So addicted am I to embroidery that I like to read fiction that engages with embroidery and embroiderers. I am partial to 'cosy' crime fiction, a whole genre of which involves embroiderers and knitters. So when Inspirations Magazine a few months ago carried an advertisement for two fantasy novels with titles of The Stumpwork Robe and The Last Stitch my fingers went immediately to www.thebookdepository.co.uk and ordered them both.
They are also available from Amazon.com, with, of course, an excellent exchange rate for Australia at the moment.
Both books are also now available as ebooks for the Kindle, which is how I would buy them if I saw them now.
The two novels are in sequence and very much a continuing story. Set in the world of Eirie, a European-style land where magical figures drawn from Irish, Scandinavian, Balkan, Breton and English mythology keep their own ways, often running counter to human law and morality. Adelina the traveller is an embroiderer, making her living by selling her embroidery, her services as an embroiderer and the threads she trades as she travels throughout Eirie.
This is a dark, powerful page-turner. It takes seriously the traditions around faerie in European cultures.It is closer to the Brothers Grimm and Raymond Briggs than Walt Disney. It deals in tragedy and any victory is hard won and costly.
I found I needed to know the storyline in order to deal with the narrative. I skimmed ahead - right through the two books - to get a sense of security and destination before I could deal with the suspense and tragedy. Once I had the direction clear I settled down to enjoy Prue Batten's polished prose. She writes clearly; her rhythm and flow carrying the reader on.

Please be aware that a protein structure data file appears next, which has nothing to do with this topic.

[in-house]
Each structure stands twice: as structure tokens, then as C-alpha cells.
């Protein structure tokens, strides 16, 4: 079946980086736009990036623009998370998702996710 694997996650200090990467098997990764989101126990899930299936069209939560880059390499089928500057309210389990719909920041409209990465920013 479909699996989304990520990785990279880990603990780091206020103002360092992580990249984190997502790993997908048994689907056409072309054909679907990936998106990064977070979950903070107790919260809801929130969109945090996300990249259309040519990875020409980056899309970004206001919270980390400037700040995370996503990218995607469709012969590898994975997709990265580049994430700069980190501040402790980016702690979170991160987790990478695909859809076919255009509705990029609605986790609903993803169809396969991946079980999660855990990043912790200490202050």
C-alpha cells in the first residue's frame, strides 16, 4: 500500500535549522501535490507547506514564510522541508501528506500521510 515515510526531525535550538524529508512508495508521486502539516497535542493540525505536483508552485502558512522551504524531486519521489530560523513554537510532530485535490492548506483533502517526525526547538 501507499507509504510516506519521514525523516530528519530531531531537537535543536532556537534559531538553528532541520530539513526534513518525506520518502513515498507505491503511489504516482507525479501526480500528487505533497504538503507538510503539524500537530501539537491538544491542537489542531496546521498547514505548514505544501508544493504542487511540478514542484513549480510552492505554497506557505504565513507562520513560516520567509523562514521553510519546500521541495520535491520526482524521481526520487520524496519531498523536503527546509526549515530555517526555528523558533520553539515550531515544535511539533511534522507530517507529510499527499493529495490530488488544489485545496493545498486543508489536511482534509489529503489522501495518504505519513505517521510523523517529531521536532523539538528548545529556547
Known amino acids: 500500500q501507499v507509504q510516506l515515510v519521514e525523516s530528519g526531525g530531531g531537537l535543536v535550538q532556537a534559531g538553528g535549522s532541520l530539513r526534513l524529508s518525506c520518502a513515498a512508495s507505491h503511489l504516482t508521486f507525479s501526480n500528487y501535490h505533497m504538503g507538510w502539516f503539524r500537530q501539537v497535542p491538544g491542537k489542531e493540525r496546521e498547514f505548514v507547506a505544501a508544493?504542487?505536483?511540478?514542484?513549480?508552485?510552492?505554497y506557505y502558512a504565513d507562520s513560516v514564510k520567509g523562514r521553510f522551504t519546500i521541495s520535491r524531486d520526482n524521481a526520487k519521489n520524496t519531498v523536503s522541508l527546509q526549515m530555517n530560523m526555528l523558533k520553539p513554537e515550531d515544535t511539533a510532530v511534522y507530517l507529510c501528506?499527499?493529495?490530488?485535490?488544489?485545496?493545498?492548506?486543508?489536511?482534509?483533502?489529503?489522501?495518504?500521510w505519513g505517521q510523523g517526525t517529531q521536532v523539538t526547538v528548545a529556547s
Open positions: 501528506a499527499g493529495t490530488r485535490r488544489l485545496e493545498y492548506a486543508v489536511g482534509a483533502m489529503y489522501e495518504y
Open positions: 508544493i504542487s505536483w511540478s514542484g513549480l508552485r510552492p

She experiments with an alternation of first and third person narrative to allow Adelina to 'speak to camera'. I found the device a bit distracting from the narrative - but I am a tell-me-what-happened-next-reader.
My other niggle is the glossary which is a useful tool for this book but there are other terms that could have been included and alphabetical ordering would have been helpful.
http://mesmered.wordpress.com/) to publish work in progress, exposing herself to reader response, a community of writers and scrutiny of her writing as part of the process. It is really interesting to observe the process of publication adapting to new possibilities.
The Stumpwork Robe concept of documents concealed within stumpwork embroidery has led to a partnership with Pat Sweet, a miniature book artist whose work can be seen and purchased at http://www.bopressminiaturebooks.com/.
I dips me lid to Prue Batten. It takes intellect, integrity and guts to experiment with electronic publishing and social media through a novel grounded in European mythology, and, through an embroidering heroine, explore what it means to be human, .